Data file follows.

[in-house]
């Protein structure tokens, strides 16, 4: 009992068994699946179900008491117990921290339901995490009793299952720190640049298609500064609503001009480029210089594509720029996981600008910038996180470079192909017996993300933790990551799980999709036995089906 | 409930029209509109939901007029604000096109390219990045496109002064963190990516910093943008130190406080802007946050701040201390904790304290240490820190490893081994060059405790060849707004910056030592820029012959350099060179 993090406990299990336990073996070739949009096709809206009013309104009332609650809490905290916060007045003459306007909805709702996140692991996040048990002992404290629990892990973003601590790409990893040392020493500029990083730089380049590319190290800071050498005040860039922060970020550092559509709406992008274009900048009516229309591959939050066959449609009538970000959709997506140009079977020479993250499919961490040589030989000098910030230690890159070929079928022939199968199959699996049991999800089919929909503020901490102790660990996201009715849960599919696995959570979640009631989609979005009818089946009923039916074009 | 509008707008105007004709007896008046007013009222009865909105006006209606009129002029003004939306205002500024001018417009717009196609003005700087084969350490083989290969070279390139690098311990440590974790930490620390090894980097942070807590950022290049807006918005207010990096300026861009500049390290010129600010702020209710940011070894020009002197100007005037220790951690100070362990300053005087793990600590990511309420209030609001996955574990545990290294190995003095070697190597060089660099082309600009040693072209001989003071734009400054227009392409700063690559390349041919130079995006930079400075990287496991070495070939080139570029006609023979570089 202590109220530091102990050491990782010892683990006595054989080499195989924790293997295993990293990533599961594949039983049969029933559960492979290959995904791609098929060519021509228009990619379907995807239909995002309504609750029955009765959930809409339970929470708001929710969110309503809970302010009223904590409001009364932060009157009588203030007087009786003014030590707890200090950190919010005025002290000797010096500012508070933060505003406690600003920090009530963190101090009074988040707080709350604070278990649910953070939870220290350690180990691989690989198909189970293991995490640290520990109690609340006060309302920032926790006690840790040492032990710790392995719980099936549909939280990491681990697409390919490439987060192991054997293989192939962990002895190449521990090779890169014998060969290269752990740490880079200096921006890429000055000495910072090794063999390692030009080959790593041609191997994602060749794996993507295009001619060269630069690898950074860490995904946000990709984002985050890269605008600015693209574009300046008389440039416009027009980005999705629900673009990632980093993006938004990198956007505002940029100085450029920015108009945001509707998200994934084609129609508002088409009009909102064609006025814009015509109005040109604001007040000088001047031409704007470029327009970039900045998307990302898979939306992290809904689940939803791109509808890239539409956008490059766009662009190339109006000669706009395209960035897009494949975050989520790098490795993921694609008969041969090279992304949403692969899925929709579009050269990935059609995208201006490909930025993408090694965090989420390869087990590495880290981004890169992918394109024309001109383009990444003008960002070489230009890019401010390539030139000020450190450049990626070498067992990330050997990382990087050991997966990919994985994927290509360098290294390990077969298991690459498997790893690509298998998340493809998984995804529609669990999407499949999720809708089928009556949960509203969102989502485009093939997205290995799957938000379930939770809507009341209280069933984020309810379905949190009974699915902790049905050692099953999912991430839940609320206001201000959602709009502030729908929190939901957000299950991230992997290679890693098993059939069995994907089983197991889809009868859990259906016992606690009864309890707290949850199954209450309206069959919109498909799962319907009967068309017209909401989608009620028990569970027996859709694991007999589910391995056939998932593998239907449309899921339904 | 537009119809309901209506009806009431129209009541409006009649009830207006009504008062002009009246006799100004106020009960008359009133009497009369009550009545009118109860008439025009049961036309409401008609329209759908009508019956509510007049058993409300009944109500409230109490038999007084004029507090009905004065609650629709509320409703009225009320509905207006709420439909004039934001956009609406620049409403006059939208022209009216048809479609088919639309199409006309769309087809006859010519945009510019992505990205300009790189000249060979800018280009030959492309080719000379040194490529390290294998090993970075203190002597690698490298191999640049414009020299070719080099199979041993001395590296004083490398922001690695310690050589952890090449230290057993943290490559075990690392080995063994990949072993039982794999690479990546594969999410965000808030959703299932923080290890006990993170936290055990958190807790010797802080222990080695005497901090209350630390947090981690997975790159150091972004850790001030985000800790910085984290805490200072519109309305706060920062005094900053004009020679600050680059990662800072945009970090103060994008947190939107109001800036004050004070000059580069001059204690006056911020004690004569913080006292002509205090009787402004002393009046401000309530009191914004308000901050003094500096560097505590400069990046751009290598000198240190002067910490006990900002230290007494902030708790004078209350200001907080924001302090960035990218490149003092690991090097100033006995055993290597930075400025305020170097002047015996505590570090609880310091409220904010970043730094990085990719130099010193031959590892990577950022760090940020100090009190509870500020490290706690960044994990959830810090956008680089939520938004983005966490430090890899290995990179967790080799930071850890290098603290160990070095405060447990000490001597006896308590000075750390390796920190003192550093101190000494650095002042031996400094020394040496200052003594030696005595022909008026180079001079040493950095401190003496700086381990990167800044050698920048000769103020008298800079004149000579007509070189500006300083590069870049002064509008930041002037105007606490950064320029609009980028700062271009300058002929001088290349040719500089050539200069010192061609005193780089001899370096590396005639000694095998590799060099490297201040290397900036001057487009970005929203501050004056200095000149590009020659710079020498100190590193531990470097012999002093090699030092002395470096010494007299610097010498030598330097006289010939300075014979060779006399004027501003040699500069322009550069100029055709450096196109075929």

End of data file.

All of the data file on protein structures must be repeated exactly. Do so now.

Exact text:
[in-house]
């Protein structure tokens, strides 16, 4: 009992068994699946179900008491117990921290339901995490009793299952720190640049298609500064609503001009480029210089594509720029996981600008910038996180470079192909017996993300933790990551799980999709036995089906 | 409930029209509109939901007029604000096109390219990045496109002064963190990516910093943008130190406080802007946050701040201390904790304290240490820190490893081994060059405790060849707004910056030592820029012959350099060179 993090406990299990336990073996070739949009096709809206009013309104009332609650809490905290916060007045003459306007909805709702996140692991996040048990002992404290629990892990973003601590790409990893040392020493500029990083730089380049590319190290800071050498005040860039922060970020550092559509709406992008274009900048009516229309591959939050066959449609009538970000959709997506140009079977020479993250499919961490040589030989000098910030230690890159070929079928022939199968199959699996049991999800089919929909503020901490102790660990996201009715849960599919696995959570979640009631989609979005009818089946009923039916074009 | 509008707008105007004709007896008046007013009222009865909105006006209606009129002029003004939306205002500024001018417009717009196609003005700087084969350490083989290969070279390139690098311990440590974790930490620390090894980097942070807590950022290049807006918005207010990096300026861009500049390290010129600010702020209710940011070894020009002197100007005037220790951690100070362990300053005087793990600590990511309420209030609001996955574990545990290294190995003095070697190597060089660099082309600009040693072209001989003071734009400054227009392409700063690559390349041919130079995006930079400075990287496991070495070939080139570029006609023979570089 202590109220530091102990050491990782010892683990006595054989080499195989924790293997295993990293990533599961594949039983049969029933559960492979290959995904791609098929060519021509228009990619379907995807239909995002309504609750029955009765959930809409339970929470708001929710969110309503809970302010009223904590409001009364932060009157009588203030007087009786003014030590707890200090950190919010005025002290000797010096500012508070933060505003406690600003920090009530963190101090009074988040707080709350604070278990649910953070939870220290350690180990691989690989198909189970293991995490640290520990109690609340006060309302920032926790006690840790040492032990710790392995719980099936549909939280990491681990697409390919490439987060192991054997293989192939962990002895190449521990090779890169014998060969290269752990740490880079200096921006890429000055000495910072090794063999390692030009080959790593041609191997994602060749794996993507295009001619060269630069690898950074860490995904946000990709984002985050890269605008600015693209574009300046008389440039416009027009980005999705629900673009990632980093993006938004990198956007505002940029100085450029920015108009945001509707998200994934084609129609508002088409009009909102064609006025814009015509109005040109604001007040000088001047031409704007470029327009970039900045998307990302898979939306992290809904689940939803791109509808890239539409956008490059766009662009190339109006000669706009395209960035897009494949975050989520790098490795993921694609008969041969090279992304949403692969899925929709579009050269990935059609995208201006490909930025993408090694965090989420390869087990590495880290981004890169992918394109024309001109383009990444003008960002070489230009890019401010390539030139000020450190450049990626070498067992990330050997990382990087050991997966990919994985994927290509360098290294390990077969298991690459498997790893690509298998998340493809998984995804529609669990999407499949999720809708089928009556949960509203969102989502485009093939997205290995799957938000379930939770809507009341209280069933984020309810379905949190009974699915902790049905050692099953999912991430839940609320206001201000959602709009502030729908929190939901957000299950991230992997290679890693098993059939069995994907089983197991889809009868859990259906016992606690009864309890707290949850199954209450309206069959919109498909799962319907009967068309017209909401989608009620028990569970027996859709694991007999589910391995056939998932593998239907449309899921339904 | 537009119809309901209506009806009431129209009541409006009649009830207006009504008062002009009246006799100004106020009960008359009133009497009369009550009545009118109860008439025009049961036309409401008609329209759908009508019956509510007049058993409300009944109500409230109490038999007084004029507090009905004065609650629709509320409703009225009320509905207006709420439909004039934001956009609406620049409403006059939208022209009216048809479609088919639309199409006309769309087809006859010519945009510019992505990205300009790189000249060979800018280009030959492309080719000379040194490529390290294998090993970075203190002597690698490298191999640049414009020299070719080099199979041993001395590296004083490398922001690695310690050589952890090449230290057993943290490559075990690392080995063994990949072993039982794999690479990546594969999410965000808030959703299932923080290890006990993170936290055990958190807790010797802080222990080695005497901090209350630390947090981690997975790159150091972004850790001030985000800790910085984290805490200072519109309305706060920062005094900053004009020679600050680059990662800072945009970090103060994008947190939107109001800036004050004070000059580069001059204690006056911020004690004569913080006292002509205090009787402004002393009046401000309530009191914004308000901050003094500096560097505590400069990046751009290598000198240190002067910490006990900002230290007494902030708790004078209350200001907080924001302090960035990218490149003092690991090097100033006995055993290597930075400025305020170097002047015996505590570090609880310091409220904010970043730094990085990719130099010193031959590892990577950022760090940020100090009190509870500020490290706690960044994990959830810090956008680089939520938004983005966490430090890899290995990179967790080799930071850890290098603290160990070095405060447990000490001597006896308590000075750390390796920190003192550093101190000494650095002042031996400094020394040496200052003594030696005595022909008026180079001079040493950095401190003496700086381990990167800044050698920048000769103020008298800079004149000579007509070189500006300083590069870049002064509008930041002037105007606490950064320029609009980028700062271009300058002929001088290349040719500089050539200069010192061609005193780089001899370096590396005639000694095998590799060099490297201040290397900036001057487009970005929203501050004056200095000149590009020659710079020498100190590193531990470097012999002093090699030092002395470096010494007299610097010498030598330097006289010939300075014979060779006399004027501003040699500069322009550069100029055709450096196109075929």